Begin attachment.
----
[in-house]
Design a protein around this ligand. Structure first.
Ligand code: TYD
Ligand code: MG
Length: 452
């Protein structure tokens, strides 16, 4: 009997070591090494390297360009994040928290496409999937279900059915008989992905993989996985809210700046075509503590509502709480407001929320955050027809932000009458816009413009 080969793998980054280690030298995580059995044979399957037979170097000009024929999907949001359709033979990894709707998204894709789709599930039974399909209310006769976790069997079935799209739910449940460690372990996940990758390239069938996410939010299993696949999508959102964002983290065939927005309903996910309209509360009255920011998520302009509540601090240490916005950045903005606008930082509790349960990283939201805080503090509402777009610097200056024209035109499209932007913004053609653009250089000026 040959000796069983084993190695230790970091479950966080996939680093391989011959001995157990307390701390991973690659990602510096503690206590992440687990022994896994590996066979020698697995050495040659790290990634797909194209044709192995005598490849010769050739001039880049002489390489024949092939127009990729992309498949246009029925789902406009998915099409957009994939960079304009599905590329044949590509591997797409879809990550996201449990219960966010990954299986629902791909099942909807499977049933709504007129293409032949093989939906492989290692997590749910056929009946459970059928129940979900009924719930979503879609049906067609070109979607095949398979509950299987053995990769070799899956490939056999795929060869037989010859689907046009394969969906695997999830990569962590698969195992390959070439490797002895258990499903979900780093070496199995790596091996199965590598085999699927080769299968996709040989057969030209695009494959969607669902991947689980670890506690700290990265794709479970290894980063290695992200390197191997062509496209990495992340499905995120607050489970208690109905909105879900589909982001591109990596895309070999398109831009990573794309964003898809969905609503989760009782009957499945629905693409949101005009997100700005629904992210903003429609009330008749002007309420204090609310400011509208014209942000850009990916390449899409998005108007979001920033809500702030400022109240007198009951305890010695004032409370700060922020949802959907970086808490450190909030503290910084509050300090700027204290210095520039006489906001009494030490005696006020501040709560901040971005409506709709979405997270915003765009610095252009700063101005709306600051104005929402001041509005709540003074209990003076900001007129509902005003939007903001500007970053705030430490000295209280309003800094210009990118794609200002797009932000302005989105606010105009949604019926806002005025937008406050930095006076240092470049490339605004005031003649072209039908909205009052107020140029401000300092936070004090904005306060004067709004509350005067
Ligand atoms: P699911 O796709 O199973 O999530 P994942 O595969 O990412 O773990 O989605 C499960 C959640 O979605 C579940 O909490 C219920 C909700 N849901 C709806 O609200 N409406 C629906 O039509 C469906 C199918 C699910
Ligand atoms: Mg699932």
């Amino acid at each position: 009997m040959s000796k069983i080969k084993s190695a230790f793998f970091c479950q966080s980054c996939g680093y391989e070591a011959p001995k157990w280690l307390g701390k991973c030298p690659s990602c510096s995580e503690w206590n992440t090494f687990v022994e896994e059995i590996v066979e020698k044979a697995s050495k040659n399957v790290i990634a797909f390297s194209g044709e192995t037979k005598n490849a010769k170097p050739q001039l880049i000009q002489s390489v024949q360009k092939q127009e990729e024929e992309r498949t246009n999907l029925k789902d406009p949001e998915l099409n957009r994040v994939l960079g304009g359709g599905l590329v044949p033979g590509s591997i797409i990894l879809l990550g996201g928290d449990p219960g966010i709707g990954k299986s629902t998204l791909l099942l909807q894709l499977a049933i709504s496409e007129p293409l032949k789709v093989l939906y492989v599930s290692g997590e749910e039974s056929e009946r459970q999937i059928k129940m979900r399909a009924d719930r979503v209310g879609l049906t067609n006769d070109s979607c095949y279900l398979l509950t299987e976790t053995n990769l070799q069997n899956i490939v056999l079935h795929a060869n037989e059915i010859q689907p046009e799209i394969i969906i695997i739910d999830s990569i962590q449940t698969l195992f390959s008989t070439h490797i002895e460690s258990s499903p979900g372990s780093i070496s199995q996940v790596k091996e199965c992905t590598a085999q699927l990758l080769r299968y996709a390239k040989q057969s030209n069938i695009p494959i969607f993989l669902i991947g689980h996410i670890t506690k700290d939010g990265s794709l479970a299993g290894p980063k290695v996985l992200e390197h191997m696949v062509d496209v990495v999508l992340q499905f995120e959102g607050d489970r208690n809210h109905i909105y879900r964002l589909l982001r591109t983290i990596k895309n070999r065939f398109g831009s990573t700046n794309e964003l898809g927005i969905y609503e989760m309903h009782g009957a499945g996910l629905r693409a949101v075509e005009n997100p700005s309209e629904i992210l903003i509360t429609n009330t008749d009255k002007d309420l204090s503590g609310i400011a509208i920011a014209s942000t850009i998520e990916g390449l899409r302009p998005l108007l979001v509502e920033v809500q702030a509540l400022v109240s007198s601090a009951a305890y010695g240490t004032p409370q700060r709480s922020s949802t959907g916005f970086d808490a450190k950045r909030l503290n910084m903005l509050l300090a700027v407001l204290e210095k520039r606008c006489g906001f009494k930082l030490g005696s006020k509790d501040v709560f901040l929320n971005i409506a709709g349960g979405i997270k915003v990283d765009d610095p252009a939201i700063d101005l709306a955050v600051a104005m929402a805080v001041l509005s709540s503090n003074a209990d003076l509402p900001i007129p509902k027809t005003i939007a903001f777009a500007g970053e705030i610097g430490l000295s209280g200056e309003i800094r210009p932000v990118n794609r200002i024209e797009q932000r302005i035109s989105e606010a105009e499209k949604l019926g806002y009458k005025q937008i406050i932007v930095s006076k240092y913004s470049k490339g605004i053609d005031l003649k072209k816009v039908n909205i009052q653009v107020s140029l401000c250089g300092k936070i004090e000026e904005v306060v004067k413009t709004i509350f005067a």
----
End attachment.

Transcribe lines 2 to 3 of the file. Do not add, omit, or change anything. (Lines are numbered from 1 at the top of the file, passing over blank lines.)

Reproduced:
Design a protein around this ligand. Structure first.
Ligand code: TYD